Winter Simulation 2014: Understanding Complex Systems: Using Interaction as a Measure of Emergence

Understanding the behavior of complex systems is becoming a crucial issue as systems grow in size, and the interconnection and geographical distribution of their components diversifies. The interaction over time of many components often leads to emergent behavior, which can be harmful to the system. Despite this, very few practical approaches for the identification of emergent behavior exist, and many are unfeasible to implement. Approaches using interaction as a measure of emergence have the potential to alleviate this problem. In this paper, we analyse absolute and relative methods that use interaction as a measure of emergence. Absolute methods compute a degree of interaction that characterizes a system state as being emergent. Relative methods compare interaction graphs of the system state with interaction graphs of systems that have been shown previously to exhibit emergence. We present these approaches and discuss their advantages and limitations using theoretical and experimental analysis.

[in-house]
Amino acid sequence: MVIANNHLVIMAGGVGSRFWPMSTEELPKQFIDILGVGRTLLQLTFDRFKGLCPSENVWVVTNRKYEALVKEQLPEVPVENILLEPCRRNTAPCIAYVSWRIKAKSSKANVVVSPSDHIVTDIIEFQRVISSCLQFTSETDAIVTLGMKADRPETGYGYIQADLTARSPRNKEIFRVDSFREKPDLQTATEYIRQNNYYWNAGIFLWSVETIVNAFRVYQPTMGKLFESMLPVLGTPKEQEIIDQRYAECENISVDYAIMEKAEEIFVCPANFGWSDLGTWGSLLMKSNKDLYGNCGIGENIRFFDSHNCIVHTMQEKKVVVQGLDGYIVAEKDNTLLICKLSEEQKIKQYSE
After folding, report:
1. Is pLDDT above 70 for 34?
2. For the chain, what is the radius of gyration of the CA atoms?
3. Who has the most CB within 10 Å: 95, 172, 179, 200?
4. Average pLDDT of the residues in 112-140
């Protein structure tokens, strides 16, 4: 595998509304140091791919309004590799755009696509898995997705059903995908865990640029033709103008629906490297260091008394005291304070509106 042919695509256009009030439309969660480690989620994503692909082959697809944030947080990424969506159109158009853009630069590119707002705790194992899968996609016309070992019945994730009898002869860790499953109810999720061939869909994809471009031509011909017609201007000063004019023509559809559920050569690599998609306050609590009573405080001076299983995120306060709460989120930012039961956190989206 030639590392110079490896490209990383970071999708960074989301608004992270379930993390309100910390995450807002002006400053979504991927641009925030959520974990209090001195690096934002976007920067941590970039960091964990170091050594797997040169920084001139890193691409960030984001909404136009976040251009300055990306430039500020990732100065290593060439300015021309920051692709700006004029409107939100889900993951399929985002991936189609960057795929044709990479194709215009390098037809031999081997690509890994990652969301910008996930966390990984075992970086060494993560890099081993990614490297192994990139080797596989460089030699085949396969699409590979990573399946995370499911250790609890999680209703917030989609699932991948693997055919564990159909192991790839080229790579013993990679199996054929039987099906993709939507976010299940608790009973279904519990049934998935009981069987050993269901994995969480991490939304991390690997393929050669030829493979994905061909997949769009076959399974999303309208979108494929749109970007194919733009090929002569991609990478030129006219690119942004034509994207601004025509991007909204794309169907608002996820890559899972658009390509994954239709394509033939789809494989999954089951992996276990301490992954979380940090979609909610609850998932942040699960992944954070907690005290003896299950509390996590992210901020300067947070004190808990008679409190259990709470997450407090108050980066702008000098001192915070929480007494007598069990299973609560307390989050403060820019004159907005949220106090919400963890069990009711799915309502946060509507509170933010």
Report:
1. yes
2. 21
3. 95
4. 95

C. Szabo and Y. M. Teo, Understanding Complex Systems: Using Interaction as a Measure of Emergence, Winter Simulation Conference 2014

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